In light of this education gap—and coupled with the fact that Harrisburg was the largest state capital in the nation without a four-year university—the group of leaders recommended creating a four-year campus within the city to focus on science, technology, engineering, and mathematics careers: the STEM disciplines. Initially, several existing higher education institutions in the region and the Pennsylvania state system of higher education were approached about expanding their curricula and campuses to better focus on these disciplines. In a time of shrinking commonwealth appropriations and severe budget pressures, none took up the charge. Undaunted, Harrisburg’s mayor and a small group of visionaries who possessed significant higher education experience moved forward to create HU.

Starting From Scratch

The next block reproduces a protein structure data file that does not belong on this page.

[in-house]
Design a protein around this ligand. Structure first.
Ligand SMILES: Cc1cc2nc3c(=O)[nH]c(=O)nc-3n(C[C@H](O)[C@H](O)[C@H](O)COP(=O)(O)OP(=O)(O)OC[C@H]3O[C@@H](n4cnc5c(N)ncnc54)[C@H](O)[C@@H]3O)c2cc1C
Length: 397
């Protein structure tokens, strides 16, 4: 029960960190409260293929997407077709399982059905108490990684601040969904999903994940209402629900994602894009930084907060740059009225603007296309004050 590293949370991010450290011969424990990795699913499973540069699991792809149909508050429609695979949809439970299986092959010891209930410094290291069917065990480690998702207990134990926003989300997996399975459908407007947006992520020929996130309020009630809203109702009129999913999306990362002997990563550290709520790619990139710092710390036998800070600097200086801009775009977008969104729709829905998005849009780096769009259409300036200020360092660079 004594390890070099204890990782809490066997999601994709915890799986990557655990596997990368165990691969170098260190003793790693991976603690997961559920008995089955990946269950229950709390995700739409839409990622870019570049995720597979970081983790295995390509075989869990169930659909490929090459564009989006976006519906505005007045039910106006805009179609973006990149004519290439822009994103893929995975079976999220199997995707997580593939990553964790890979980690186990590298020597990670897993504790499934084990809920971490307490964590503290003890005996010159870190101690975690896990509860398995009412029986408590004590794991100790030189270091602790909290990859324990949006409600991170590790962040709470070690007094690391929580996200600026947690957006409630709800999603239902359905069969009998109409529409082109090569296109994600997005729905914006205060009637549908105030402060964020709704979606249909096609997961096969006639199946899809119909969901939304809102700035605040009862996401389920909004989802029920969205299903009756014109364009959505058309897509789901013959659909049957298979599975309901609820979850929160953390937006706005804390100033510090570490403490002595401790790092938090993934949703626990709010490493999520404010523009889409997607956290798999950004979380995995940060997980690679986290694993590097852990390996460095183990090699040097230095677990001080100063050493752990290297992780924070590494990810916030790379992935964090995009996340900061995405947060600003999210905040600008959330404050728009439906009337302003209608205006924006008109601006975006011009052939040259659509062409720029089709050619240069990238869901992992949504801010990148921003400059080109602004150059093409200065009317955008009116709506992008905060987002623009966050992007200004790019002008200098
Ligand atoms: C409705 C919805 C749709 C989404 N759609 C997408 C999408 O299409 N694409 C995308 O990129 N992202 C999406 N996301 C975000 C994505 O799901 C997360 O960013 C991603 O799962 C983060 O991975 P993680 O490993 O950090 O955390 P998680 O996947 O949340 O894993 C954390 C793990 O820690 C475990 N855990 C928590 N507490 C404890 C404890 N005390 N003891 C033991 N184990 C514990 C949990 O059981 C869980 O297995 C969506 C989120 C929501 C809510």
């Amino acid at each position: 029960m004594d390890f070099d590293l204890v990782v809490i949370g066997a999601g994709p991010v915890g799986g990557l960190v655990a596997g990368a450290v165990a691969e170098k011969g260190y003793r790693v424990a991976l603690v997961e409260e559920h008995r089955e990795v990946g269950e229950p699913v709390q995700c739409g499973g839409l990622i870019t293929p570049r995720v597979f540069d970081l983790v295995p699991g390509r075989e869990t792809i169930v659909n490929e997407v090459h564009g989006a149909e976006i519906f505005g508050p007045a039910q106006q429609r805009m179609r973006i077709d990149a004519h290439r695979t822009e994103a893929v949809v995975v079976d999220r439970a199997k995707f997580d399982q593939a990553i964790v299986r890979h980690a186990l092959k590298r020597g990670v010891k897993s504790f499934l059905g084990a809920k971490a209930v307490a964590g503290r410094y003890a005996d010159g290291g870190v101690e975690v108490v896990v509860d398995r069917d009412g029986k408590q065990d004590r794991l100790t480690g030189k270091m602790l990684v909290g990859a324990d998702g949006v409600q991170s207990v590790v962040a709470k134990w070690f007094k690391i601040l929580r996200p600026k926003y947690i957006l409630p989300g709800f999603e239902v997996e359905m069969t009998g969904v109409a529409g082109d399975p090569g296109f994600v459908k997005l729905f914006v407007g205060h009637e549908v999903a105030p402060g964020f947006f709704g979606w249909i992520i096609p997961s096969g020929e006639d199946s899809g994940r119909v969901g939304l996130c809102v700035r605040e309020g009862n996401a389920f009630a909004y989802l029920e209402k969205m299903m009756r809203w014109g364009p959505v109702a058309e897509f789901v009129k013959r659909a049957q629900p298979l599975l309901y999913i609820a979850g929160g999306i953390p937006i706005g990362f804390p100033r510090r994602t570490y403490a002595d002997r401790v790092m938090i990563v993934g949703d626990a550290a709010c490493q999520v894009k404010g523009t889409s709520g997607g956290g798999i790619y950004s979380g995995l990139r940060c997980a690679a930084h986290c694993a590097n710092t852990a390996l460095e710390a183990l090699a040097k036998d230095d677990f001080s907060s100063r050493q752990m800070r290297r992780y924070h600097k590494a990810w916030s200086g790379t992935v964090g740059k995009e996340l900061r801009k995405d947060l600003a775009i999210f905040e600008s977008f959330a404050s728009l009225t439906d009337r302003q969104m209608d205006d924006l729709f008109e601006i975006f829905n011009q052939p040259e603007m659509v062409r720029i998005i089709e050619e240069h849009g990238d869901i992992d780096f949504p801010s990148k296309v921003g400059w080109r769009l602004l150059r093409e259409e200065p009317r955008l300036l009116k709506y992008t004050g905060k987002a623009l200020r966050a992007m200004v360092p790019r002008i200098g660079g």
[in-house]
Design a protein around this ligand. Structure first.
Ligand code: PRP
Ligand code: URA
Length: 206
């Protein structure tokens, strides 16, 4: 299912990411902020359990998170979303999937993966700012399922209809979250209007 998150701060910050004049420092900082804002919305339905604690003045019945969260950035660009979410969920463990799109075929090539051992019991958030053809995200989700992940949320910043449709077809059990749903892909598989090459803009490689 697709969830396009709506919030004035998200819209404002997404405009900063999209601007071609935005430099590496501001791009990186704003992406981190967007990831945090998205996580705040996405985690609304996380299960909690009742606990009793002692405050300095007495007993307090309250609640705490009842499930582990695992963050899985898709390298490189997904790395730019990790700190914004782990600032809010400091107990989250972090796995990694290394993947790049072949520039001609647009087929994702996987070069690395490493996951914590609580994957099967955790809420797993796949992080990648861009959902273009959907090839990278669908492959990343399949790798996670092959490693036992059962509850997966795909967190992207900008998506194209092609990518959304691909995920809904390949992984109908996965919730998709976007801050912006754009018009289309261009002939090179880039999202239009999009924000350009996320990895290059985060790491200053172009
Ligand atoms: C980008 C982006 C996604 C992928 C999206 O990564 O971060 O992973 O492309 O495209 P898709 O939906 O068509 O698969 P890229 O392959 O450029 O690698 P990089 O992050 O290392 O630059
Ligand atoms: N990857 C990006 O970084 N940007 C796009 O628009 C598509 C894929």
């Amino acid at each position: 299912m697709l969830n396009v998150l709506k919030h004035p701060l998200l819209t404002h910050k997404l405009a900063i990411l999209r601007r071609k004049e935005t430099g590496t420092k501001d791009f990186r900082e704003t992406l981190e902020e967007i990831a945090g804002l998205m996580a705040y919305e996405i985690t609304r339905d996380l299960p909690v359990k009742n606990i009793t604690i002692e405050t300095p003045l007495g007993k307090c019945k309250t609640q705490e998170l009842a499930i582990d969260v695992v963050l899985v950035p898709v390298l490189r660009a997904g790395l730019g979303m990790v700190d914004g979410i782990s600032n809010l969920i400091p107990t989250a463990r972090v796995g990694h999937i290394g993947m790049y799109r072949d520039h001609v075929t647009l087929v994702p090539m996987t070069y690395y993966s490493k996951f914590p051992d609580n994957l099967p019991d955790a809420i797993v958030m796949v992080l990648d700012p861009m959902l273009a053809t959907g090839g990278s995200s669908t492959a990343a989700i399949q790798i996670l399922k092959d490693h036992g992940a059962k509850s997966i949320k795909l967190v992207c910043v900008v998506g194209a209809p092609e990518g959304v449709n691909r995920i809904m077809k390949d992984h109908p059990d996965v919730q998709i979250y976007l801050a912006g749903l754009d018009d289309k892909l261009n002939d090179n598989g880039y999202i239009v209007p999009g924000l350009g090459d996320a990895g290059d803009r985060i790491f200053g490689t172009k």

Based on the strong business and community development components of the initiative, the commonwealth of Pennsylvania granted $59 million in capital funding to the university for construction of start-up facilities. From the outset, there was a clear vision that this new venture was not only educational; the mission of HU would be centrally linked to business development and workforce needs.

While this level of capital funding was greatly appreciated and needed, a key challenge was figuring out how to turn this seed capital into unrestricted operating funds so we could pay salaries and keep the lights on. In some respects, the university’s early balance sheets looked more like a land development initiative than the launch of a higher education institution. Using $9 million of state funds that we matched with a commercial bank loan, we spent $17 million rehabbing an abandoned YWCA. We then sold this asset for $12.5 million to the Harrisburg school district as the home of SciTech High. This magnet high school focused on science and technology is a central component of HU’s broader mission to cultivate science and technology professionals to fill regional workforce demands. (See sidebar, “The Learn-Work Continuum.”)